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What To Do For A Bad Ankle Sprain

What’s up, guys? jeff cavaliere, athleanx . Today we’re going to talk about the ankle and how it could be preventing you from having normal biomechanics to do big exercises. Things like the squat and the deadlift because you know, you try to get down into a squat or a deadlift and all of a sudden your heels pop off the ground or you feel pinching in the front of your ankle, or you just feel tightness that doesn’t allow you to get any lower.

Those can cause problems and we know that since this is a kinetic chain, the problems move up into the knee, or up into the hip and we dont want that. This is particularly useful if you are a chronic ankle sprainer; someone who’s sprained their ankle before or maybe you just had an ankle sprain recently. What I’m going to show you here today is going to help you actually get more movement. So what we do is, we look here at the ankle and we have to understand what we’re trying.

To fix in the first place. i’m not talking about tightness felt on the backside here in your calf region when you try to go down into a squat. If that’s just muscle related we can work on that through stretching. What I’m talking about is that pinching feel, or that tightness feel, or that jamming feel that you feel in the front of your ankle. You can kind of identify if because it’s the part that moves on the fixed bones here and it’s somewhat positioned in between the two.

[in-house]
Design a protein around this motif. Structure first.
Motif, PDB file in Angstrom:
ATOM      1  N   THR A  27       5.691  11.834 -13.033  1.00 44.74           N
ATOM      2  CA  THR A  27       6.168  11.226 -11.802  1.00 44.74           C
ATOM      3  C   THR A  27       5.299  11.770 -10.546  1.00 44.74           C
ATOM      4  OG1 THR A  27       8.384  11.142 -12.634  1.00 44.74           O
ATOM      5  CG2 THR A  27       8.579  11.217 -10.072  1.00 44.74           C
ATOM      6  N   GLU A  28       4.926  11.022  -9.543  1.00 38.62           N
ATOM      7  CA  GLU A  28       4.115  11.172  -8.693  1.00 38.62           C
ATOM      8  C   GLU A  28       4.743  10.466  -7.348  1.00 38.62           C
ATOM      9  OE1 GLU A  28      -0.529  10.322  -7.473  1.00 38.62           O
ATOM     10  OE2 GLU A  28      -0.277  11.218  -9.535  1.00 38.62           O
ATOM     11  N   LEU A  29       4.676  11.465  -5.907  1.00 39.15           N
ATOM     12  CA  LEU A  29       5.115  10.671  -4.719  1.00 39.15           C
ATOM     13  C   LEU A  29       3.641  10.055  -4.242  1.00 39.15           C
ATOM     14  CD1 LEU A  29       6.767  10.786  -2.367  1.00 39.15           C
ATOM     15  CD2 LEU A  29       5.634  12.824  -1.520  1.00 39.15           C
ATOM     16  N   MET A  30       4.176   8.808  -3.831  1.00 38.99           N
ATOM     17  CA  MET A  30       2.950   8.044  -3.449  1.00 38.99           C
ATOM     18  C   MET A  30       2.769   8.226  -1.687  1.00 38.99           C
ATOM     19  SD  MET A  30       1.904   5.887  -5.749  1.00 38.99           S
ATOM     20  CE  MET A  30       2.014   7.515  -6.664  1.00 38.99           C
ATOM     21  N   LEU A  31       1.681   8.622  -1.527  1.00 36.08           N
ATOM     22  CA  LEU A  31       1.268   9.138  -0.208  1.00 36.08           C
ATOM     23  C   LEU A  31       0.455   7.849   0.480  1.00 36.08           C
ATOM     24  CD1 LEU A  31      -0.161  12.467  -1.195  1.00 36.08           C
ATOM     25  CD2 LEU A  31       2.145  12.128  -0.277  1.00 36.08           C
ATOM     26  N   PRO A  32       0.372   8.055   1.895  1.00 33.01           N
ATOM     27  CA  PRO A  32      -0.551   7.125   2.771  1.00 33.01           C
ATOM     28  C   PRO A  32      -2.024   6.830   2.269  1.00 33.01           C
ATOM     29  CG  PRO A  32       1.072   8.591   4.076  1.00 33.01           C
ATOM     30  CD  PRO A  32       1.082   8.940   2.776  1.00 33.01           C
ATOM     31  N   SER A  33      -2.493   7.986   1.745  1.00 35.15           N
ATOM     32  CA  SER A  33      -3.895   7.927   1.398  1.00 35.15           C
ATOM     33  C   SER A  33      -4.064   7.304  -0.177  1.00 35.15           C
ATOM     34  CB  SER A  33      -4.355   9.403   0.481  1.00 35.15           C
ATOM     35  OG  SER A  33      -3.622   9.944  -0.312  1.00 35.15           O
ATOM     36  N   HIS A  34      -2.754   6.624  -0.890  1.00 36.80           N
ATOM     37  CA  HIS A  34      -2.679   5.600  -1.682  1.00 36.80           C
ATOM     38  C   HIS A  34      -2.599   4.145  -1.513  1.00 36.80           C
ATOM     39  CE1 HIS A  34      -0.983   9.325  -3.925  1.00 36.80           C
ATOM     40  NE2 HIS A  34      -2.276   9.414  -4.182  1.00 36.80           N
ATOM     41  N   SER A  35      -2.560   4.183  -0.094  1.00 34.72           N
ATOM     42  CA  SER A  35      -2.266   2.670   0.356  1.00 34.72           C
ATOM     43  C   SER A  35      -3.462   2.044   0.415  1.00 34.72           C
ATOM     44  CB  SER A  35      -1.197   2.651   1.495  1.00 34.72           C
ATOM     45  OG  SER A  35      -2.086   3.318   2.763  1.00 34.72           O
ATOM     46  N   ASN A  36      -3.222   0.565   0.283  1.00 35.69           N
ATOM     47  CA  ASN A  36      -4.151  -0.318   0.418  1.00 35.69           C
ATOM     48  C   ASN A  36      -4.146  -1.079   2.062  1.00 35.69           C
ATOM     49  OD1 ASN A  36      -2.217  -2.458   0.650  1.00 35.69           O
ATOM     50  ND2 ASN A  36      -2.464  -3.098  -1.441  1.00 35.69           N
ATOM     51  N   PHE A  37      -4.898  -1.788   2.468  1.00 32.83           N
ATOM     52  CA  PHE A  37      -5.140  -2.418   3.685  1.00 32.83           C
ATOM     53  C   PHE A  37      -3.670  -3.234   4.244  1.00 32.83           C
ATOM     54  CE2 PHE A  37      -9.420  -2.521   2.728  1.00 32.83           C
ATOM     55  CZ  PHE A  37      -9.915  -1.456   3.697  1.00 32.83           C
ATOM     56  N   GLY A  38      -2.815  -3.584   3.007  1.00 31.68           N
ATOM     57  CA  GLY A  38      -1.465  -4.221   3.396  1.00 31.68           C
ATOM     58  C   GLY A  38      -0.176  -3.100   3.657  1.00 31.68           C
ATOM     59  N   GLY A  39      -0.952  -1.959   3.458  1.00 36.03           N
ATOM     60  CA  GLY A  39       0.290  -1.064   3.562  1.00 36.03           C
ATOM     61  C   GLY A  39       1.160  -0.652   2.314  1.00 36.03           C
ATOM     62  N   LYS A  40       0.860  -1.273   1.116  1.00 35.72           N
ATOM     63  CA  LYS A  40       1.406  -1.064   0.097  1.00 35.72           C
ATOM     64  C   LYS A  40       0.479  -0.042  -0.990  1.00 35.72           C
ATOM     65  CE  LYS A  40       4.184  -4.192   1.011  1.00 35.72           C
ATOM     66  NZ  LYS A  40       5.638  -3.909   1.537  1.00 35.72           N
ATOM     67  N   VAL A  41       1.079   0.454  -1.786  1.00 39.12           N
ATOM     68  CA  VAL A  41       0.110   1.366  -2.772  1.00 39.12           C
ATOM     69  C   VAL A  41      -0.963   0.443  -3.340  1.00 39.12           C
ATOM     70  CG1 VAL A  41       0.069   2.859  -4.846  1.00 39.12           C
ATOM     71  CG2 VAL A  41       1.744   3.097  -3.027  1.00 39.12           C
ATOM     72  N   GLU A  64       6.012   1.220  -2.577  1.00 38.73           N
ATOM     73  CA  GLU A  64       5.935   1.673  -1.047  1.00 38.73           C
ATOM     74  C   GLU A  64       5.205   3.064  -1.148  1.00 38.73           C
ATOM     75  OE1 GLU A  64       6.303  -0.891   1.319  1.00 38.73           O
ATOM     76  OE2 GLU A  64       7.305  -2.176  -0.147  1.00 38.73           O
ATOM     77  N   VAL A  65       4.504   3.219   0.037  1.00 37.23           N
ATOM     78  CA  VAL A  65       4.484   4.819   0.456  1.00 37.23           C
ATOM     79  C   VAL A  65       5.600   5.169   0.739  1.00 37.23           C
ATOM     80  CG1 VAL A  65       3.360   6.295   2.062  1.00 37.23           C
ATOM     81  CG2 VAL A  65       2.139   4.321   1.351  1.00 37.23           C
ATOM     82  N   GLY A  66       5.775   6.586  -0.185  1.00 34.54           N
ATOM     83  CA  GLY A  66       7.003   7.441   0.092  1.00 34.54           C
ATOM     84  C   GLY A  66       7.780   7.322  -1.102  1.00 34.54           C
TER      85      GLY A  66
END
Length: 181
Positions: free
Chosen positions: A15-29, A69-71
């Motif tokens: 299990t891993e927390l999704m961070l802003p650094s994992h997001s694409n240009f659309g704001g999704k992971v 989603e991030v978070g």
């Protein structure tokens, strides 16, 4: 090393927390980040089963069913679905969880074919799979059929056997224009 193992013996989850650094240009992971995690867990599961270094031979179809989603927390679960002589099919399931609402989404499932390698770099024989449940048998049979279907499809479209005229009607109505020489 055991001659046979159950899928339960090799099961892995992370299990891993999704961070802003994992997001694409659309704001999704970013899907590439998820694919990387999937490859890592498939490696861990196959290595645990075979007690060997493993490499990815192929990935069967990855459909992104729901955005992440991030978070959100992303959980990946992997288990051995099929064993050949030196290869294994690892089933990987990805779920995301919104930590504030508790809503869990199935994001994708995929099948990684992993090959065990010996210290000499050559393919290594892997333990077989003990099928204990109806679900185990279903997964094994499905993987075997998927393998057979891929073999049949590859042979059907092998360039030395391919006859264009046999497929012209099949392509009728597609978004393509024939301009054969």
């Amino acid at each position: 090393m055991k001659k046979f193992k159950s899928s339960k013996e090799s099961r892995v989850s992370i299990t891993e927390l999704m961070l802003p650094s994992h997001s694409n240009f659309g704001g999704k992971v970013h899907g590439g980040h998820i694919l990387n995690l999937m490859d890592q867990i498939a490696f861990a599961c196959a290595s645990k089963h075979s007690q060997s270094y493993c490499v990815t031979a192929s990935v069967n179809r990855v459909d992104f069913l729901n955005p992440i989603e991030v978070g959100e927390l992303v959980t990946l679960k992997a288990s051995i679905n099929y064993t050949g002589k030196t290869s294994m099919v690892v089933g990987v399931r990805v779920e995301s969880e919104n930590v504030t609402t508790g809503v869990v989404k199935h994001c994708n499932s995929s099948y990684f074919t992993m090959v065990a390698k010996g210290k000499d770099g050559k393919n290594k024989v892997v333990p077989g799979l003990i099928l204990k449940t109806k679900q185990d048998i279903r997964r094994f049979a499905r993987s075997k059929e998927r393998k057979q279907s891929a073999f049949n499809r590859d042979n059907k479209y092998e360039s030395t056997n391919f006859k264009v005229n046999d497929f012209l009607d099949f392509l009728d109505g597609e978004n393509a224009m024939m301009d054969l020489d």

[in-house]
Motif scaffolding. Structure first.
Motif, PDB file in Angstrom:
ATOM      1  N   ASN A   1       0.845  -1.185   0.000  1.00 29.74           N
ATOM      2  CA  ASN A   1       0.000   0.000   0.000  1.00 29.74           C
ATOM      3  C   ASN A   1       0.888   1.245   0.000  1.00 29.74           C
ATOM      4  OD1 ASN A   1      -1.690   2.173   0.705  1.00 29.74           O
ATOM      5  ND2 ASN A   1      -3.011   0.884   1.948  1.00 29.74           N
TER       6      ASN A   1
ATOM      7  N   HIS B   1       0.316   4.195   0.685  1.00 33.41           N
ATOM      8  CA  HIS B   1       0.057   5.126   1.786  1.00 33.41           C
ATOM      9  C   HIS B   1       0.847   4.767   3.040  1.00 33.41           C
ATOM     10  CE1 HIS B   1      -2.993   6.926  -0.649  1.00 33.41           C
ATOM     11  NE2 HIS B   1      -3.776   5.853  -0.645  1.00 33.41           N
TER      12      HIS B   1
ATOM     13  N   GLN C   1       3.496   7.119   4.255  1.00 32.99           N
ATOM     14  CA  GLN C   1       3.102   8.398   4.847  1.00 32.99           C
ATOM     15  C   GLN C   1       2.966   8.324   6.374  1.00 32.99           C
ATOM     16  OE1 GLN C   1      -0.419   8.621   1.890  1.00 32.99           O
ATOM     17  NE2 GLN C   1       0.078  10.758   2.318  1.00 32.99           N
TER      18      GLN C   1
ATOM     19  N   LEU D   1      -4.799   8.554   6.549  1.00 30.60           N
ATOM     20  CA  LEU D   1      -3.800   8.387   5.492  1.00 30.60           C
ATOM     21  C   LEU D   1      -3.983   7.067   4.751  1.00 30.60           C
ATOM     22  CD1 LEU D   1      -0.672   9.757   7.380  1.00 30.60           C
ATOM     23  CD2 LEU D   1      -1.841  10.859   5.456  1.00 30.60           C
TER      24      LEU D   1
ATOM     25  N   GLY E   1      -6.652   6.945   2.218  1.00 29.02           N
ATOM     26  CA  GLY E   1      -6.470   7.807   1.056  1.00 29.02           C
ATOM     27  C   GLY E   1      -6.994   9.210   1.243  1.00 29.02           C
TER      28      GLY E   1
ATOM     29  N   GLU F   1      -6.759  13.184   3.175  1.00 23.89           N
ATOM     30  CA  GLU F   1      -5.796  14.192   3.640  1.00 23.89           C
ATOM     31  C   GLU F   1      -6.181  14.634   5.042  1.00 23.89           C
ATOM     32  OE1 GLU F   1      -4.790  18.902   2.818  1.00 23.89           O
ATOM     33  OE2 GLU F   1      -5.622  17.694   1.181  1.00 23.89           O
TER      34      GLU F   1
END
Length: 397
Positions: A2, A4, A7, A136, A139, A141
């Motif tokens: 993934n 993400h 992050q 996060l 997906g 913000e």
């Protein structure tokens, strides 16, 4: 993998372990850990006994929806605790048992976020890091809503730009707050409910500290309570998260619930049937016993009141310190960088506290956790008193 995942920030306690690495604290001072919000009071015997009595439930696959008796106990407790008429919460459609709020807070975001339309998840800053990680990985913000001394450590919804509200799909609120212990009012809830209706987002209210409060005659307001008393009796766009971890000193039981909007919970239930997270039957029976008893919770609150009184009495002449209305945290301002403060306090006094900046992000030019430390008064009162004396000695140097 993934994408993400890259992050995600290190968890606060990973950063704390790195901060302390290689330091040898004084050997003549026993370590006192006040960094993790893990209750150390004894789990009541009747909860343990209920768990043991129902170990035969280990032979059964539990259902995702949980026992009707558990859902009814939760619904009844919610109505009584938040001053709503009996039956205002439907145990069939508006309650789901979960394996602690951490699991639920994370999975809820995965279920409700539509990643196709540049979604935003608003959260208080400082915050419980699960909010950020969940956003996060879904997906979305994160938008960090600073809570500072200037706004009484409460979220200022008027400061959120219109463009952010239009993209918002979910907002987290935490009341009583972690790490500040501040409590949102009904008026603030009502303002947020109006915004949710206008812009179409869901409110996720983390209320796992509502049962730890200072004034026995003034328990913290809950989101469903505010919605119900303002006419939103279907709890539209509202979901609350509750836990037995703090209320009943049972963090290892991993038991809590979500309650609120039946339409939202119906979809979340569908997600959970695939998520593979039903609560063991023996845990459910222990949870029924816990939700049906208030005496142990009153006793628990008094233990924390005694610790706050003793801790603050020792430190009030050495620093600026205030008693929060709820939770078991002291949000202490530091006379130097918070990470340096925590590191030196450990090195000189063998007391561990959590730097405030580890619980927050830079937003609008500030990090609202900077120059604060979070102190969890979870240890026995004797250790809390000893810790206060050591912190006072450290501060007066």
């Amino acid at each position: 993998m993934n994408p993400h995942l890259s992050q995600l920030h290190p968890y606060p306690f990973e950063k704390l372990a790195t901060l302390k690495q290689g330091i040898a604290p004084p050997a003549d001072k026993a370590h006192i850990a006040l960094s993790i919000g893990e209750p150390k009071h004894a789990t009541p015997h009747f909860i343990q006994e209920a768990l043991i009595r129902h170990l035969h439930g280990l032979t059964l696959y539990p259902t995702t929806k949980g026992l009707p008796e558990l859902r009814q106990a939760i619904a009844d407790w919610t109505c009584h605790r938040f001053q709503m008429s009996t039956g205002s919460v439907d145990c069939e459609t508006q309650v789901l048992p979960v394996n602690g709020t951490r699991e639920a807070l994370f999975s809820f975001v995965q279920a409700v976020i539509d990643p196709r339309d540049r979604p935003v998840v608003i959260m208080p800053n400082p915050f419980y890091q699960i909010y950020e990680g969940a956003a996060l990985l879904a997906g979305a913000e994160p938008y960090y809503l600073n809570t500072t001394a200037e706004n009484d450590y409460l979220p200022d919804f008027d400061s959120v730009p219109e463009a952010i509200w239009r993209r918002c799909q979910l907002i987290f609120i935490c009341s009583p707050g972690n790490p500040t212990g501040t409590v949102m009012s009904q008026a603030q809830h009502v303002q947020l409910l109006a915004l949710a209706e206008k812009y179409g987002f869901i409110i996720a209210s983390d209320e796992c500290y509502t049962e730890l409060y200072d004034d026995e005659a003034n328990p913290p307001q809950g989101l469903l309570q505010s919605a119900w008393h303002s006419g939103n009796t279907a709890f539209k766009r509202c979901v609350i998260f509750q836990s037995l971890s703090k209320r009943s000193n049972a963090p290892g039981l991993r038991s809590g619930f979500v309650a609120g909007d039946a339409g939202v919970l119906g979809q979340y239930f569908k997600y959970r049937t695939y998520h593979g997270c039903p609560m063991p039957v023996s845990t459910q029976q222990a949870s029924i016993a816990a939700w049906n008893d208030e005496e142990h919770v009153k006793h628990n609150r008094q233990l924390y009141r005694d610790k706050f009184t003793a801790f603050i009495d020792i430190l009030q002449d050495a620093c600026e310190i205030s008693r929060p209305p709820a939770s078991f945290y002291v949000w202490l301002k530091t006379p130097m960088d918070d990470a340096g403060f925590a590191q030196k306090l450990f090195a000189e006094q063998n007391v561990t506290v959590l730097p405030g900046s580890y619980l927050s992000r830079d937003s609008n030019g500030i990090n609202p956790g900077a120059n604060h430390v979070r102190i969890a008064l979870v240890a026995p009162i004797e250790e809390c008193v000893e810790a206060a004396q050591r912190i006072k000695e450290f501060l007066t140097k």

Bumps on the side of your ankle that you can feel. Those two big bumps are the fibula and the tibia, what they call the malleoli. We know that this thing moves right in the middle of those. It has to be able to movie backward. It kind of hides inside and behind the tibia as it moves up and that’s what gets us into dorsiflexion. As we lower down you need to be able to get dorsiflexion to get your heel on the ground.

If you’re a chronic ankle sprainer, what happens is two things. number one: you either lose the ability to have this move in this joint; it doesn’t go backward enough and we can fix that in two ways like I’m going to show you. Or what happens is the fibular head, because of all the sprains, actually gets moved forward too much. It gets in the way. So you can see that if this bone right there gets jammed forward a little bit too much then it’s going to get in the way of this moving freely. So.

It’s going to kind of jam into it. you could do this two different ways. Firstly, you can try to bring the tibia forward on a fixed lower joint. If you do what I’m showing you here, you place the band around the back of your tibia, clearly higher up above this area here above the ankle, 24 above the ankle you anchor it behind and you step away. Now when stepping away, the force is that it wants to pull your tibia forward.

We know if we bring the tibia forward, that’s actually making the joint in relation to it go backward, which is where we want it to go back. So you get into this position, the band is pulling you forward and now you just lunge yourself down and all you’re focusing on doing is driving your knee forward here like this driving forward to get more into dorsiflexion. You just keep working on that and you’ll feel that it loosens up. Maybe do it about eight.

To ten times. you step out, get out of the band and you’ll notice right away you should have more freedom of motion here to be able to go lower and still keep your heel on the ground. The other way to attack this is to go after the sub patellar joint itself. So you can see now I turn around and I go the other direction and I really want to make sure that the band is low enough on my foot. So see as I place this band, I’m going below my ankle joint. I’m going right here on the skeleton, down here. Then I step away and.

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